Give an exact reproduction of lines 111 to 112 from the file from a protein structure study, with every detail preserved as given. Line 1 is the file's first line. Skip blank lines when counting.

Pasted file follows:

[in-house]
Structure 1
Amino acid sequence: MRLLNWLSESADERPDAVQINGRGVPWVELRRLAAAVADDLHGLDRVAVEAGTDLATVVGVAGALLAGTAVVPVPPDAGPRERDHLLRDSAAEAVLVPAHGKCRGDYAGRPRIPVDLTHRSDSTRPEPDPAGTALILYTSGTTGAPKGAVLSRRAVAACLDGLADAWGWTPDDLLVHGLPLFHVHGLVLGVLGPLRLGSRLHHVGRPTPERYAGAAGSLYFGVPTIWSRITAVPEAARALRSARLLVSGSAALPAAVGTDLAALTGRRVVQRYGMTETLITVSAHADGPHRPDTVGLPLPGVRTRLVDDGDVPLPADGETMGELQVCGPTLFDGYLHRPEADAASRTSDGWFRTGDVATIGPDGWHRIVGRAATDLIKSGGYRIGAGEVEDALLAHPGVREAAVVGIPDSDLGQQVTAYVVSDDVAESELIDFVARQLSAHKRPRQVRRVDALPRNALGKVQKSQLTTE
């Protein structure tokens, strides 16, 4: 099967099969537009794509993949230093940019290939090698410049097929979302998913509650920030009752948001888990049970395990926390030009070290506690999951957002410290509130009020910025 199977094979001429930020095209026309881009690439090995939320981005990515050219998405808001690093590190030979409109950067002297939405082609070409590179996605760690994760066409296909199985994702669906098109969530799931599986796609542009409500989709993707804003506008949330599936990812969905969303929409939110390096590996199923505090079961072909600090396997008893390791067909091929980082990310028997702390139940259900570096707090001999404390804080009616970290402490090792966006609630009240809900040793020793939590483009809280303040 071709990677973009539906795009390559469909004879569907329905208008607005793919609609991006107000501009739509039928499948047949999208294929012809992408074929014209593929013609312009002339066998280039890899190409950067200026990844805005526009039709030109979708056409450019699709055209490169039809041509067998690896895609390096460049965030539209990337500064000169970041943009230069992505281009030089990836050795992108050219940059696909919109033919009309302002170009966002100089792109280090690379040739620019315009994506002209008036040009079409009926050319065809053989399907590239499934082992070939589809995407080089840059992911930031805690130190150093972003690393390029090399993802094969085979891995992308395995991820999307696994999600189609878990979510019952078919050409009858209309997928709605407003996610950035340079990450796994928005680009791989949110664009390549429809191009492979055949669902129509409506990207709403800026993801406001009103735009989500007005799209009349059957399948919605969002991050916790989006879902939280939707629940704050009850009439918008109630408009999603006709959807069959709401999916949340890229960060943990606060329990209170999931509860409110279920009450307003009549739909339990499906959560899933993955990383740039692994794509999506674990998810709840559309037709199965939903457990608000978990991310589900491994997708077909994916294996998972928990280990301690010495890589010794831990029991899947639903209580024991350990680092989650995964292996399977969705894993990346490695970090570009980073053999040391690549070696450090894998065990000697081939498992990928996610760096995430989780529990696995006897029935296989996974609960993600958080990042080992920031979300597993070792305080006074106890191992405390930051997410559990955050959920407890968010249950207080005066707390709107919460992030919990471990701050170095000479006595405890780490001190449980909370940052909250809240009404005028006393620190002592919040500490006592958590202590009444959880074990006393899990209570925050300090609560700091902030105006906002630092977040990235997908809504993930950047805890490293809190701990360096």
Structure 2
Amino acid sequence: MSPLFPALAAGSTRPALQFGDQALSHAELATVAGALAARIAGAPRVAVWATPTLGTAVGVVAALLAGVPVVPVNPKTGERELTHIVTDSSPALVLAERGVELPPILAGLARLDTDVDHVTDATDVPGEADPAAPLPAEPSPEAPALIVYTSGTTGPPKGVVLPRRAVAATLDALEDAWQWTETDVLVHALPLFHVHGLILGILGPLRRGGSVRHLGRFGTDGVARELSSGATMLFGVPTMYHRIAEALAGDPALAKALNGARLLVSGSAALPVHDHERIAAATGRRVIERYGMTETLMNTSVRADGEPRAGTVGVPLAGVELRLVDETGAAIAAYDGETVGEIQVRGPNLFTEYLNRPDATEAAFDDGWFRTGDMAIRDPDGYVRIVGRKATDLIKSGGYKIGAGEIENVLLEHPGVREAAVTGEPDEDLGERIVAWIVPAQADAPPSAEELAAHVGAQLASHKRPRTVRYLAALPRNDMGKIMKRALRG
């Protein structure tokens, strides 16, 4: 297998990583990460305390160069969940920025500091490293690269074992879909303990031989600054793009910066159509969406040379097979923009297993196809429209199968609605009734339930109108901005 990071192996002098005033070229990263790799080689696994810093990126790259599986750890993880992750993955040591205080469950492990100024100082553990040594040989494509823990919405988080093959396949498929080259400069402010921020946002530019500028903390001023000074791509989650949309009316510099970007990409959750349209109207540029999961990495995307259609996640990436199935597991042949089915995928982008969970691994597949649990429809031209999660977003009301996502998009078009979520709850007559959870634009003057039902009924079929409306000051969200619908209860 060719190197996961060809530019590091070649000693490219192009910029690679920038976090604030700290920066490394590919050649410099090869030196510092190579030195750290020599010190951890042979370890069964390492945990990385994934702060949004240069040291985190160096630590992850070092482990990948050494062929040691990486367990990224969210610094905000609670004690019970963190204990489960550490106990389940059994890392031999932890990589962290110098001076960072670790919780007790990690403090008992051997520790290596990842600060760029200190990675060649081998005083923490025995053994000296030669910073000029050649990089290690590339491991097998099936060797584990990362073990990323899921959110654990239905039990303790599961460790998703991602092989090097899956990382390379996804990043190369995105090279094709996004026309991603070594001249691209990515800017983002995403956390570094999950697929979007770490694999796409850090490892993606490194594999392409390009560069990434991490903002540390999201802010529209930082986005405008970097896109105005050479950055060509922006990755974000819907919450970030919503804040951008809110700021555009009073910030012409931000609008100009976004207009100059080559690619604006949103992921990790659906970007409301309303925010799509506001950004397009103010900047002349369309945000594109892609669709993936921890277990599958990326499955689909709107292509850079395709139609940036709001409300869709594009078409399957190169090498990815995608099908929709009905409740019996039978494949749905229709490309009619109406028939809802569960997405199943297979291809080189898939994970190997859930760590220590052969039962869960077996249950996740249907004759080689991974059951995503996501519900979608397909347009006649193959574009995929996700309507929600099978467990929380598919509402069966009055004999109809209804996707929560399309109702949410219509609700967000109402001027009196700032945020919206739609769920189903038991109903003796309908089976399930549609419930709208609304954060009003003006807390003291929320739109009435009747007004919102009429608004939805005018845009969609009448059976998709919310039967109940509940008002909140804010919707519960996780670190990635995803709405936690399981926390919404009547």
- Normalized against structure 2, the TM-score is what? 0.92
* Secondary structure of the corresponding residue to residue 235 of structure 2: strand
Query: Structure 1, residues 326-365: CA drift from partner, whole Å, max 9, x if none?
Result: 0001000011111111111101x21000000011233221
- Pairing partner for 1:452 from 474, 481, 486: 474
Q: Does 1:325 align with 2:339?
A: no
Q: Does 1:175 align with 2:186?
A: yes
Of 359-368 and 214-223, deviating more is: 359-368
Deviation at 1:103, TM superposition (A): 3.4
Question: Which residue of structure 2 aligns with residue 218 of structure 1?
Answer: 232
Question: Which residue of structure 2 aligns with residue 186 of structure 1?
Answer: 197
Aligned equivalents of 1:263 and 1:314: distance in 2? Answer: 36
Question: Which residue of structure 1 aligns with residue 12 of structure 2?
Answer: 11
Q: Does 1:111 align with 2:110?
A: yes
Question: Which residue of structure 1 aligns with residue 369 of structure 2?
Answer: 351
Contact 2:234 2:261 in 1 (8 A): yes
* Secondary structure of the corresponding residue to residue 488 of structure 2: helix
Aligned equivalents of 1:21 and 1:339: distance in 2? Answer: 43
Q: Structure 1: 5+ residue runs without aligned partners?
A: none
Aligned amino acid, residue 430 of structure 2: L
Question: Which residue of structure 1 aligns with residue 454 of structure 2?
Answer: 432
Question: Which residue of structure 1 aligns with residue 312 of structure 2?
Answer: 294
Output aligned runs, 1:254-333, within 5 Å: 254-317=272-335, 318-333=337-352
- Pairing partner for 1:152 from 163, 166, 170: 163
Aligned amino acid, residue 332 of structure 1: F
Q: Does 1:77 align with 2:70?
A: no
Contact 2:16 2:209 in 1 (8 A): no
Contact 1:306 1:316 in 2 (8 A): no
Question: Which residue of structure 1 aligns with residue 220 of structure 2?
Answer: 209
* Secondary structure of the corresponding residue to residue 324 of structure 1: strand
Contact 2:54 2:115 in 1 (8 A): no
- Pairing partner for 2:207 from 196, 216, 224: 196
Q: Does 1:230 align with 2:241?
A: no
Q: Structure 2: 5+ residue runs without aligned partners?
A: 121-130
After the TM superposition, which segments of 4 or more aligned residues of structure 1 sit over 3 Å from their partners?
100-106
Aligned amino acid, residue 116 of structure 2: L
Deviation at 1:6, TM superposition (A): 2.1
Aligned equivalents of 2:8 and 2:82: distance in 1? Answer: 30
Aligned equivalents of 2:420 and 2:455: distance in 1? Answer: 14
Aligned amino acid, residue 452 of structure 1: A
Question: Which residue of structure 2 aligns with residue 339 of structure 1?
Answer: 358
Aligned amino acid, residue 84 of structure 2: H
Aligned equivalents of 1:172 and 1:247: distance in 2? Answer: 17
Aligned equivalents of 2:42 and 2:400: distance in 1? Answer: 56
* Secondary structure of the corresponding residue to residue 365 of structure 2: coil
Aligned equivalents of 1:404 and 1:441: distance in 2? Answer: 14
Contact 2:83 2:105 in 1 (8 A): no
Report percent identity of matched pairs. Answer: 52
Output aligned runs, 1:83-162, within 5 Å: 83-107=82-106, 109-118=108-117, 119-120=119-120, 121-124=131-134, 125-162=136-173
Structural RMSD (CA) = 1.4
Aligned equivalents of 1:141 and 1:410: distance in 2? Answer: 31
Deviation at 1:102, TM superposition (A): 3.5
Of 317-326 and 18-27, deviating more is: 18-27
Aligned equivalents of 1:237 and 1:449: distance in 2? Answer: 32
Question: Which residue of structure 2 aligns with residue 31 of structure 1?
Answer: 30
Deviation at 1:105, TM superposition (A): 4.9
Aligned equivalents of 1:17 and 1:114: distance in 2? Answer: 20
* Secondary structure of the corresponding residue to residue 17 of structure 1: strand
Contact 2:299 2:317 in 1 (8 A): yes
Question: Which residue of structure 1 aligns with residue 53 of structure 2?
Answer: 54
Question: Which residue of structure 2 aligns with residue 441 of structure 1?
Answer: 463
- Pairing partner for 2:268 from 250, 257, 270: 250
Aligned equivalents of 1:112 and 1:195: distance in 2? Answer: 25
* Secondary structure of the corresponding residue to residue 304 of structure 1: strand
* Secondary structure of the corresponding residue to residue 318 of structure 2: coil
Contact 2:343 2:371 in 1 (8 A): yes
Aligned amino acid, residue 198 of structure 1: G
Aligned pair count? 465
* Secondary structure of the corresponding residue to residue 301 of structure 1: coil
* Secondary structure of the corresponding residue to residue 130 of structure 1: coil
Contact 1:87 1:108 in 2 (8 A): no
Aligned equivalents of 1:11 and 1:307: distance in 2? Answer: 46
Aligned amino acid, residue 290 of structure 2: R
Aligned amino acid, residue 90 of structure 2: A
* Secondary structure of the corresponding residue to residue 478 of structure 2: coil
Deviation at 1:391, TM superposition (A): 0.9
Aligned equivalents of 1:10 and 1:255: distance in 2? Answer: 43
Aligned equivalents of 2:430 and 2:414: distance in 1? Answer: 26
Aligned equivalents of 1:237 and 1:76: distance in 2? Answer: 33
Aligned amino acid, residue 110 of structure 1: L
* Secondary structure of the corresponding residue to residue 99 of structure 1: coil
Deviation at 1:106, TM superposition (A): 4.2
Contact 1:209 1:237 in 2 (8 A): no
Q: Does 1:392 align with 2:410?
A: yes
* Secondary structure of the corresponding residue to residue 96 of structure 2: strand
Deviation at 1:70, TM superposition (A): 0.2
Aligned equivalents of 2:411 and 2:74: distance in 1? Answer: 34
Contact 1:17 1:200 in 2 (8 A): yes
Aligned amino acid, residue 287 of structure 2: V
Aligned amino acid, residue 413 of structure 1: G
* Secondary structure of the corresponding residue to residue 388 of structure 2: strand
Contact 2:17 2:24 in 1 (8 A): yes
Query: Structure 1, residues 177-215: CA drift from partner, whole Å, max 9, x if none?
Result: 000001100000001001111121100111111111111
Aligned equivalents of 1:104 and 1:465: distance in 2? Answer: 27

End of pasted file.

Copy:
A: yes
* Secondary structure of the corresponding residue to residue 96 of structure 2: strand